The team from the University of Utah, Mexican clinicians and researchers from Greece looked at 236,439 patients, of which 89,756 (38.0%) had been diagnosed with COVID-19.
Their motivation was that “it is important to understand the pathophysiology and the mechanisms of disease progression,” and that “the rapid transmission of the disease and the increased pressure across healthcare systems have led to emergency measures resulting in substantial social and economic disruption.”
“Smoking was also recorded, with participants classified as smokers (who were considered current smokers) or non-smokers. No data on former smokers was available.”
Only patients diagnosed with COVID-19 were included and those with results pending were excluded from the study.
“Adverse outcome was defined as the primary composite end-point of intensive care unit admission, mechanical ventilation or death.”
“There's something weird going on with smoking and coronavirus” - Linda Bauld, professor of public health at the University of Edinburgh
The authors believe this work constitutes “a case series with the highest number of laboratory-confirmed COVID-19 patients”, and made reference to similar studies from Chinese, British and New York patients.
They concluded that age was the largest factor in patients contracting COVID-19 and developing severe symptoms. Patients presenting with hypertension, obesity and diabetes were also more at risk.
“Notably, smoking was not associated with a higher risk for adverse outcomes and hospitalization. Smokers were also less likely to be diagnosed with COVID-19 compared to non- smokers. The latter is in agreement with a recent observational population study from Israel.”
They added: “It is still not clear whether nicotine exerts any positive effect or not. However, there is no doubt that smoking cannot be used as a protective measure and smoking cessation should be encouraged during the COVID-19 pandemic. The potential value of nicotine or other nicotinic agonists in COVID-19 is expected to be determined through clinical trials.”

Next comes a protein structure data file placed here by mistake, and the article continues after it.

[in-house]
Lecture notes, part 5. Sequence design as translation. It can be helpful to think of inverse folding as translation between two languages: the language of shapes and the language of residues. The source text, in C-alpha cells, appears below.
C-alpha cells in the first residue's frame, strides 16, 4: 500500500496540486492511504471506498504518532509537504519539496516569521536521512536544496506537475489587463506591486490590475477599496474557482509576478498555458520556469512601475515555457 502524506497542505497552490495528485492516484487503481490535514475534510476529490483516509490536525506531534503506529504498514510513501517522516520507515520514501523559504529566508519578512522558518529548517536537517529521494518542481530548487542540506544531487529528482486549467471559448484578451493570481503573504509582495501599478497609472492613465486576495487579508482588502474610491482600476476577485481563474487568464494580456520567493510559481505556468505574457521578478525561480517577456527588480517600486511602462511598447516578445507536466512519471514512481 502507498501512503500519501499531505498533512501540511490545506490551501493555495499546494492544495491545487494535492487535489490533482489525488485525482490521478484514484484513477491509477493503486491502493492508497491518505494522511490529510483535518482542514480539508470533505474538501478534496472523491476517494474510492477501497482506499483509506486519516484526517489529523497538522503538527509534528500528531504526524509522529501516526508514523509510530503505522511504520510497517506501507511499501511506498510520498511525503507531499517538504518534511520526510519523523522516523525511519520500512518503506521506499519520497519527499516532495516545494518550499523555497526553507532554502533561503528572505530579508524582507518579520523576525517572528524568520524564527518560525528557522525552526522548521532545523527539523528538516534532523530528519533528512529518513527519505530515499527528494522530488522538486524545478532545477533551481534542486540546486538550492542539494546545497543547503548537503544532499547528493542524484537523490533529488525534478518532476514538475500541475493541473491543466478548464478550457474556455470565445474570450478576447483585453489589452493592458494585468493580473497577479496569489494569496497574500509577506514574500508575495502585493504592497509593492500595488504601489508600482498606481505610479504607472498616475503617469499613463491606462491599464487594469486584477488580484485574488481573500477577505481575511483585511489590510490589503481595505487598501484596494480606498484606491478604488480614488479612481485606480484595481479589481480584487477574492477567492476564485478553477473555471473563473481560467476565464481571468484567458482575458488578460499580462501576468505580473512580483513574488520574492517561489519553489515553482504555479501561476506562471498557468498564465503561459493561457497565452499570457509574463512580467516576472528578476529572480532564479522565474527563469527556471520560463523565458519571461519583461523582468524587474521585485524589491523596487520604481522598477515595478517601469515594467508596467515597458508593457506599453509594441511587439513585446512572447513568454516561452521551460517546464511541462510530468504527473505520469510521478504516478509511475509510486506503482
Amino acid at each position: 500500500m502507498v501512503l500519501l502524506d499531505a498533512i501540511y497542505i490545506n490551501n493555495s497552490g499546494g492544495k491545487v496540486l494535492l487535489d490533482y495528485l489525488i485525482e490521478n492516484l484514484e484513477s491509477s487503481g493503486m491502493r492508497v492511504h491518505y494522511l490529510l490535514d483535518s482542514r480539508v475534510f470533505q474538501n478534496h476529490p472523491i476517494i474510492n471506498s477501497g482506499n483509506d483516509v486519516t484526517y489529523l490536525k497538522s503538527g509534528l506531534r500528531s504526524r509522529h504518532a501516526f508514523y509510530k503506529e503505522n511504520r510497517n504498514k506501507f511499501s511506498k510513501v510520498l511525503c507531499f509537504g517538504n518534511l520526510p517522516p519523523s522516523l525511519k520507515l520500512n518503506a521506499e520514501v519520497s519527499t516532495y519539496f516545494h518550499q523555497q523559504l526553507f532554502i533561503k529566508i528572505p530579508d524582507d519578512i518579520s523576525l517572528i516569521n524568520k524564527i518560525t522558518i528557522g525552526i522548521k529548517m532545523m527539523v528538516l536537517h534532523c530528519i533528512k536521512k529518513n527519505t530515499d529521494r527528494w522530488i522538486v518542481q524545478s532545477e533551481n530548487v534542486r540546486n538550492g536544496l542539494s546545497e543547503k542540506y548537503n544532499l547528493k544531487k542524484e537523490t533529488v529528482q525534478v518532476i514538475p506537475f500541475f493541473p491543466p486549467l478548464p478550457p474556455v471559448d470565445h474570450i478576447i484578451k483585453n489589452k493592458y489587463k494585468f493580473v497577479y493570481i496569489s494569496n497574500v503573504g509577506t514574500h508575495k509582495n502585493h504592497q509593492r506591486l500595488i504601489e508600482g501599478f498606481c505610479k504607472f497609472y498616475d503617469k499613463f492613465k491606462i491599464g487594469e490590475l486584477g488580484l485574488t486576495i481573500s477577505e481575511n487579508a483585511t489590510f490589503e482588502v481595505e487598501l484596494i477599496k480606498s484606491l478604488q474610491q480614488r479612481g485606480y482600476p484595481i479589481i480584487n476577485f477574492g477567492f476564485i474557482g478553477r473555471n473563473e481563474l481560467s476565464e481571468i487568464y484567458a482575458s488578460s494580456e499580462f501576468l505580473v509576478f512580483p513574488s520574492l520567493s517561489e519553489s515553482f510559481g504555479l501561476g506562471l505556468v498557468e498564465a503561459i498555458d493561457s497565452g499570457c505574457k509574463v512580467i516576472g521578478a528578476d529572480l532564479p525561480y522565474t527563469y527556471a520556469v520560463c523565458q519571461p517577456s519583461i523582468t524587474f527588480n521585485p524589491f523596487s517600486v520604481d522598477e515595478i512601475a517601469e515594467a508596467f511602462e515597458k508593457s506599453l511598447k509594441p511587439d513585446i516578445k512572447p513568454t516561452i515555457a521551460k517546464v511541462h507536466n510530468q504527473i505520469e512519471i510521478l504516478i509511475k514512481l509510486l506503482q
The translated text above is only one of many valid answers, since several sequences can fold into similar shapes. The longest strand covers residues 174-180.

Corresponding author Doctor Konstantinos Farsalinos wrote in Internal and Emergency Medicine: “'Up-regulation of ACE2, though seemingly paradoxical, may in fact protect patients from severe disease and lung injury. Nicotine has effects on the immune system that could be beneficial in reducing the intensity of the cytokine storm. The potential benefits of nicotine.... could explain, at least in part, the increased severity or adverse outcome among smokers hospitalized for COVID-19 since these patients inevitably experience abrupt cessation of nicotine intake during hospitalization. This may be feasible through repurposing already approved pharmaceutical nicotine products such as nicotine patches.”
- “Characteristics and risk factors for COVID-19 diagnosis and adverse outcomes in Mexico: an analysis of 89,756 laboratory-confirmed COVID-19 cases” by Giannouchos, Sussman, Mier, Poulas, and Farsalinos – [link]